The Appeal To Non-Authority Fallacy — Excerpt From Everything You Believe Is Wrong

William Briggs:

Stars In Our Eyes
An Appealing Authority

Every kid learns what seems to be, but isn’t, the Appeal to Authority Fallacy early when he asks “Why should I?” and is told “Because I said so.” Only this isn’t a proper fallacy because kids should listen to and honor their parents, and because parents, besides having authority over their children, typically know what’s best for them, and what’s best is in the command, but unspoken. What’s best is in tacit premises behind the father’s “Because”, which turns what might be a fallacy into wisdom.

[Much cutting…]

People are fooled by this simple fallacy, but they are just as easily disabused of it when it is pointed out. Because of this, there is no chapter in this book specifically devoted to the Appeal to Authority. There is another, far better, reason for skipping it, though. That is the existence of a far worse, far more pernicious, and far more destructive fallacy which is a kin to the Appeal to Authority.

This is the Appeal to Non-Authority Fallacy.

A Hole In Many

I shiver when thinking of it. No fallacy is good, of course, but not all fallacies are equal in their pestilential powers. The Ultimate Fallacy has the worst individual consequences, but the Appeal to Non-Authority is the most annoying.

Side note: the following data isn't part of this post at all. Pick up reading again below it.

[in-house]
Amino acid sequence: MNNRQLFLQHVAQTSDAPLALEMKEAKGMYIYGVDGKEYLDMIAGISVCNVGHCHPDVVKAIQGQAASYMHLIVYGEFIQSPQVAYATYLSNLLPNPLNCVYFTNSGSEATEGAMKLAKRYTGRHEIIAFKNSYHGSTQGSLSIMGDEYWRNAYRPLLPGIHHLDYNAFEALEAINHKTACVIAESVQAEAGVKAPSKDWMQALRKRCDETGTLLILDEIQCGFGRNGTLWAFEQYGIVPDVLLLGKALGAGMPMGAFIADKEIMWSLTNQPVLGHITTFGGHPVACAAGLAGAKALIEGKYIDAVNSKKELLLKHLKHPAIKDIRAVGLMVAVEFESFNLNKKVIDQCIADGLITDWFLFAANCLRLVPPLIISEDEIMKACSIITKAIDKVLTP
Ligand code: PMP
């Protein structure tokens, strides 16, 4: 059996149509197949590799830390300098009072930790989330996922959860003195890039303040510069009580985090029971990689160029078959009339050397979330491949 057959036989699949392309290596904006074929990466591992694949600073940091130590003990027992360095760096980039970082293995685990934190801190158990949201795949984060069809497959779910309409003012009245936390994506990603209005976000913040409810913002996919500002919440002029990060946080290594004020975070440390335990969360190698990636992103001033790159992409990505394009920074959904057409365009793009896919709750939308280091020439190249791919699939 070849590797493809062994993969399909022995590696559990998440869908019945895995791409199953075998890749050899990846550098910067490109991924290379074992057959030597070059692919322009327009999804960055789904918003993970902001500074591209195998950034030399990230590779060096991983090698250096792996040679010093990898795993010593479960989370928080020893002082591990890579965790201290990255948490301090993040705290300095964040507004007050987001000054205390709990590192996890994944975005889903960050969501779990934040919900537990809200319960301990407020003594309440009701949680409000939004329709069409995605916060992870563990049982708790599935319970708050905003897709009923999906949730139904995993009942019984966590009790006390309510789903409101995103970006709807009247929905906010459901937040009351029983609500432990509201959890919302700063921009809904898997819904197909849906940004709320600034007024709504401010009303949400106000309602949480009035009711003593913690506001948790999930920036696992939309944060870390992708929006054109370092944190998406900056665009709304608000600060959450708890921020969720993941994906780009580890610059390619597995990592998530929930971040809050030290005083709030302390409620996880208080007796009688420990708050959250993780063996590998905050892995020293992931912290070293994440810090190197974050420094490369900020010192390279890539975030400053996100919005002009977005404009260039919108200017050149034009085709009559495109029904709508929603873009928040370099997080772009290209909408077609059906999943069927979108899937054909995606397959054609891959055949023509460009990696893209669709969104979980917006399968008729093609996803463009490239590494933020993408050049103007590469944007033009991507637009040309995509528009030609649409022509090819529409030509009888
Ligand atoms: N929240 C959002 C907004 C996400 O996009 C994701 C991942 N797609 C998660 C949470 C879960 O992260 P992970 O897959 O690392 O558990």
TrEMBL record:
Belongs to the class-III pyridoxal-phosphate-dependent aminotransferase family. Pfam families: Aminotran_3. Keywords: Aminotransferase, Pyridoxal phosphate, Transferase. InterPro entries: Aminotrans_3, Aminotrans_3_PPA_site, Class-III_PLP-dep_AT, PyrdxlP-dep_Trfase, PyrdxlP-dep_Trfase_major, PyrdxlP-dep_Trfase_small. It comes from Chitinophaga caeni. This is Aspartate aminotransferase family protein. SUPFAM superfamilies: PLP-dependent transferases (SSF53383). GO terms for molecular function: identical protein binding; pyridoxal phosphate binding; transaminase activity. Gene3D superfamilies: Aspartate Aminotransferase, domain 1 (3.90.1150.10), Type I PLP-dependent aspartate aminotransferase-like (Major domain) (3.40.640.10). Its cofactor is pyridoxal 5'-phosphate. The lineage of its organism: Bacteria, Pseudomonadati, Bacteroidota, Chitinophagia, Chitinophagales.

Modern advertising, and, more depressingly, our entire media and governmental apparatus, relies on and seeks out this fallacy. We could even say it is worshiped.

In my Stats 101 class notes Breaking the Law of Averages (a free pdf on my website), I asked this Chapter One homework question (stick with me, here): “Stanford Financial took out a full page ad in the Wall Street Journal with a picture of golfer Vijay Singh listing his enormous number of tournament wins with the words ‘Vijay Means Victory.’ Given this evidence, what is the probability Stanford Financial won’t lose money on your investment?”

The obvious answer is that you can’t know. Singh’s golfing prowess is irrelevant, inconsequential, incidental to whether gambles (i.e. “investments”) with Stanford Financial will lose or win you money. Logically, they may as well have touted my golf scores, or yours. They may as well in their ad featured a pretty actress and printed the words “This is a pretty actress and we are Stanford Financial”. The logical content would be the same. Which is to say, it would have had none at all. Singh, God bless him, is a Non-Authority on financial matters. Listening to him, as it were, on investments because he is an authority in some sport is insane.

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